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WHO official says she suspected human-to-human transmission ‘right from the start’ — but the WHO repeated China’s lies for weeks saying the opposite


It doesn't add up

Photo by AFP via Getty Images

A World Heath Organization official said that she suspected human-to-human transmission of the coronavirus "right from the start," a claim that runs counter to the guidance that the organization was giving to the rest of the world during the early moments of the pandemic.

The WHO has been heavily criticized by the Trump administration and others for repeating China's lies since the start of the pandemic as the Chinese Communist Party attempted to cover up the extent of the outbreak.

"Right from the start, from the first notification we received on the 31st of December, given that this was a cluster of pneumonia — I'm a MERS specialist, so my background is in coronaviruses and influenza — so immediately thought, given that this is a respiratory pathogen, that of course there may be human-to-human transmission," Dr. Maria Van Kerkhove said Monday during a WHO press briefing.

Live from WHO Headquarters - coronavirus - COVID-19 daily press briefing 13 April 2020youtu.be

That wasn't the WHO's story in January

If Dr. Kerkhove truly was confident that COVID-19 would spread through human-to-human transmission "right from the start" as she now claims, then the WHO had a funny way of disseminating that information.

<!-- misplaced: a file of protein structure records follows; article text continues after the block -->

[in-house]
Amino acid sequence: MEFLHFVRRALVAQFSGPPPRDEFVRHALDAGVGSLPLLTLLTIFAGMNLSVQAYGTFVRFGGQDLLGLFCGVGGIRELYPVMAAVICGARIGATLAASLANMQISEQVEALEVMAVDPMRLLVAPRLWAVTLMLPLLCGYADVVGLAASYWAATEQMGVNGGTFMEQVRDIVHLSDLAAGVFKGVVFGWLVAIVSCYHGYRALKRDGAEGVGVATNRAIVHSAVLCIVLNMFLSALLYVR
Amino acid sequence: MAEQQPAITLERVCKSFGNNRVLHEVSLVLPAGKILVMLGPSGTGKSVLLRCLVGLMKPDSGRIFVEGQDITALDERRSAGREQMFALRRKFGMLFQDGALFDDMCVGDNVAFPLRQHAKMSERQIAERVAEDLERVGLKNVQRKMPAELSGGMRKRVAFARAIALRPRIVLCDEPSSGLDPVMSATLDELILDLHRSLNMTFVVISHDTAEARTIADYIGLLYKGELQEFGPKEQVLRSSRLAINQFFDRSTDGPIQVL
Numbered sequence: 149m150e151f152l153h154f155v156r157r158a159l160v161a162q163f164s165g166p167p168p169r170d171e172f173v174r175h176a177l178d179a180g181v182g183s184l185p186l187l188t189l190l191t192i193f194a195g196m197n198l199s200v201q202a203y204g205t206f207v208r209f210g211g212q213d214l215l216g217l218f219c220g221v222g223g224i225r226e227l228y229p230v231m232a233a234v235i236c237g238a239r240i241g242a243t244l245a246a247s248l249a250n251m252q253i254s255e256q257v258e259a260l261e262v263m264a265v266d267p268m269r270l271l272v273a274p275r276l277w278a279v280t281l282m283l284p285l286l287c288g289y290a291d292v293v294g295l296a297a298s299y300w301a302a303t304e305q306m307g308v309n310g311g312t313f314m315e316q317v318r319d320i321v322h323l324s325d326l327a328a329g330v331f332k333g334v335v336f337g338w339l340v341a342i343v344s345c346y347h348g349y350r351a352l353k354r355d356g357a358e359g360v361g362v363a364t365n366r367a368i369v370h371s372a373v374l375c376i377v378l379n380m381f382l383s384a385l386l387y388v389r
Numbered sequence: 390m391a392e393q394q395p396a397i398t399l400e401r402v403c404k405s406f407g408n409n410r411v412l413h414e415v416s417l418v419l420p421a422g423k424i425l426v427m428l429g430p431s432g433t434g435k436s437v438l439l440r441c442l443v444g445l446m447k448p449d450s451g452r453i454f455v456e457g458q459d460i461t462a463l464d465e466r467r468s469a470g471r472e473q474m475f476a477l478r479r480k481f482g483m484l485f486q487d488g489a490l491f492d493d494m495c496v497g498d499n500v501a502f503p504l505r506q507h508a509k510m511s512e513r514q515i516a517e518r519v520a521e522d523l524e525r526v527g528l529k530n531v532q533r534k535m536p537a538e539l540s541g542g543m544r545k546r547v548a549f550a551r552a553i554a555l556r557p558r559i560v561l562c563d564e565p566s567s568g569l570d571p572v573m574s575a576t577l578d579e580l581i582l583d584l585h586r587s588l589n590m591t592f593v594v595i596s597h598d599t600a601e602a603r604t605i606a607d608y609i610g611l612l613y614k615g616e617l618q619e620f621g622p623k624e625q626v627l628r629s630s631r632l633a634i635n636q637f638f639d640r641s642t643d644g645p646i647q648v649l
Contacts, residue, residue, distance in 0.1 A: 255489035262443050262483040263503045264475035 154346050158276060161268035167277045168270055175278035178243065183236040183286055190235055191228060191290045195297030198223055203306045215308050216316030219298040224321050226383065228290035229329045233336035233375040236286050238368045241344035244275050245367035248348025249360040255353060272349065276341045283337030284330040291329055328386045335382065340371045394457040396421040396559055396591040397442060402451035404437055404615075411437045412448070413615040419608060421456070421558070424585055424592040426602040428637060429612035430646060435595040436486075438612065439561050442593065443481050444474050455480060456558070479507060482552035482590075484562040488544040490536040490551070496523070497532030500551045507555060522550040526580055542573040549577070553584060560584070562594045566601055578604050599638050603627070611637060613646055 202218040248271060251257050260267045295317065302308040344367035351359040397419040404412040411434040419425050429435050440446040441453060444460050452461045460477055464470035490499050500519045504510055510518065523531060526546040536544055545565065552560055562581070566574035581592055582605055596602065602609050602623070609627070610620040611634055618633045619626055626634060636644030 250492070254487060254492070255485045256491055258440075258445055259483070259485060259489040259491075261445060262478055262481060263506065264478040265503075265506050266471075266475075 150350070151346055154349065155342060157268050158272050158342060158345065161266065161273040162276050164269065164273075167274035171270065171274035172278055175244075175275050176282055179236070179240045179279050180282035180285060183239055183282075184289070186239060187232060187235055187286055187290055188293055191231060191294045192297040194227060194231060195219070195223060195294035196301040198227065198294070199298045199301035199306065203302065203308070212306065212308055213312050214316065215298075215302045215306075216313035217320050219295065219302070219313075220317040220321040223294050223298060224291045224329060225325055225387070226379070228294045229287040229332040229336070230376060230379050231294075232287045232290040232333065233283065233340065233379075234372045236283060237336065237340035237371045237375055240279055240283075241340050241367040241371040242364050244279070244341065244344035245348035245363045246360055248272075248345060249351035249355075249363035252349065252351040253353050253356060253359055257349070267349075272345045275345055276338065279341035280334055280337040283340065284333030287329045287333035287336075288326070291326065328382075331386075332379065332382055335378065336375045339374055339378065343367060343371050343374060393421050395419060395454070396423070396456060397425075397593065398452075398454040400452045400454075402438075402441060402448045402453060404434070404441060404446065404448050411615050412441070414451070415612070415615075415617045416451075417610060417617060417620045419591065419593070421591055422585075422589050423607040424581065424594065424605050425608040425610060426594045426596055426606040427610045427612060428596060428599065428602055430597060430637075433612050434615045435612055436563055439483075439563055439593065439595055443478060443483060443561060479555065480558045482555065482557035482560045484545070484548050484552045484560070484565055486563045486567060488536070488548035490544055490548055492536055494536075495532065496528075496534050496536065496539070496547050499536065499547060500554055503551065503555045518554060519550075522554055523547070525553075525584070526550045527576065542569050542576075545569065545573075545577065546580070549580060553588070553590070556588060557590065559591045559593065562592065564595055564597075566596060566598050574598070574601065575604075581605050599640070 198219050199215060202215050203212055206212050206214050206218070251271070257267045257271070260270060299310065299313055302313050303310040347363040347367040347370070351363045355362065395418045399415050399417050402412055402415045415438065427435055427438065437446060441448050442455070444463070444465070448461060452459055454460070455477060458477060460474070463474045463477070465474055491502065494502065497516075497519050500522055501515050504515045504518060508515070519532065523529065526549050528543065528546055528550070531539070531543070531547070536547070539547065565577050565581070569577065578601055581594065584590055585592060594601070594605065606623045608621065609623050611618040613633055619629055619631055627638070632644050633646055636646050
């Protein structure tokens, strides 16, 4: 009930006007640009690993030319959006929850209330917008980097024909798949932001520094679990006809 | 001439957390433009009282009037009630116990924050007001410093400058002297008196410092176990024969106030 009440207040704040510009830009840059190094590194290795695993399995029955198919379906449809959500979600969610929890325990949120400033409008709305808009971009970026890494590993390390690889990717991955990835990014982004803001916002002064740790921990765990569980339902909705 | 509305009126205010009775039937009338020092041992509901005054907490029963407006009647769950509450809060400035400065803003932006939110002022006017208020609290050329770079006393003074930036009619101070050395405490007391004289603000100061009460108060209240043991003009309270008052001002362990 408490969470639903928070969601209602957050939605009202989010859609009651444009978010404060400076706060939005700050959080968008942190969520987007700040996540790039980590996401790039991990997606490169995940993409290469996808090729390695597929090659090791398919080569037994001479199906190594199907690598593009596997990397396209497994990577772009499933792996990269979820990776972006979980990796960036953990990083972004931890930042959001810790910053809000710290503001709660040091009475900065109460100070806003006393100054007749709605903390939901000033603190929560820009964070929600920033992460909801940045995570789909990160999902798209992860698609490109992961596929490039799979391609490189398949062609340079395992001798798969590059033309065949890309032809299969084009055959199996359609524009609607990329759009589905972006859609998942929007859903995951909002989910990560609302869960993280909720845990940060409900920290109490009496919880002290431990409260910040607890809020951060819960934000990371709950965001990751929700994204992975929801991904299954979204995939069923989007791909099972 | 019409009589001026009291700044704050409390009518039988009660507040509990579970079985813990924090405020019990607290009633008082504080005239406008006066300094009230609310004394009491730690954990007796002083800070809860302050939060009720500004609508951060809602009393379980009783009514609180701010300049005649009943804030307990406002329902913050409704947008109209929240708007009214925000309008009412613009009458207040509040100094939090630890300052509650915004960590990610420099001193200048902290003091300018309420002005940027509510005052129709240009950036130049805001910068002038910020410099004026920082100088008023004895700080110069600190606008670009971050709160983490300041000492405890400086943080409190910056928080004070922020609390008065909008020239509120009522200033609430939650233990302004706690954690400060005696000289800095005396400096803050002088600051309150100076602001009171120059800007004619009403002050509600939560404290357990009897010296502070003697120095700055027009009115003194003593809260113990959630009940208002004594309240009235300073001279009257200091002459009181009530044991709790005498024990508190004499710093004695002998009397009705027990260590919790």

On Jan. 12 — nearly two weeks after being notified about the outbreak — a WHO news release assured that "based on the preliminary information from the Chinese investigation team, no evidence of significant human-to-human transmission and no health care worker infections have been reported."

"At this stage, there is no infection among healthcare workers, and no clear evidence of human to human transmission," the news release added.

The day after, on Jan. 13, the WHO doubled down on the claim, and then on Jan. 14, they tripled down on it.

There were warning signs in December

Reports that the virus was spreading among Wuhan health care workers were already being circulated late last year. In December, doctors in Taiwan reportedly learned from colleagues in mainland China that medical workers were contracting the disease — which is a significant indicator of human-to-human transmission.

Additionally, an early study published in the Lancet on Jan. 2 found that only 27 of the 41 confirmed coronavirus cases in Wuhan had connections to the wet market where the virus purportedly started (though that claim is also highly dubious).

The Chinese Communist Party was attempting to control the information, however. Chinese citizen journalists and doctors, such as Li Wenliang and Ai Fen, who were attempting expose the truth about the highly contagious disease were reprimanded and silenced, and some even went missing.

Yet despite China's suspicious censorship activity and compounding evidence that human-to-human transmission had begun, the WHO joined China in misleading the global community for weeks about the virus. Taiwanese officials even alerted the WHO about the human-to-human spread, but they were ignored.

The Daily Caller notes that "by the time the WHO acknowledged evidence of human-to-human transmission, which they did on Jan. 22, the U.S. had already detected its first coronavirus case."

So why did the WHO "run interference" for China? Here's one possible reason.

(H/T: The Daily Caller)

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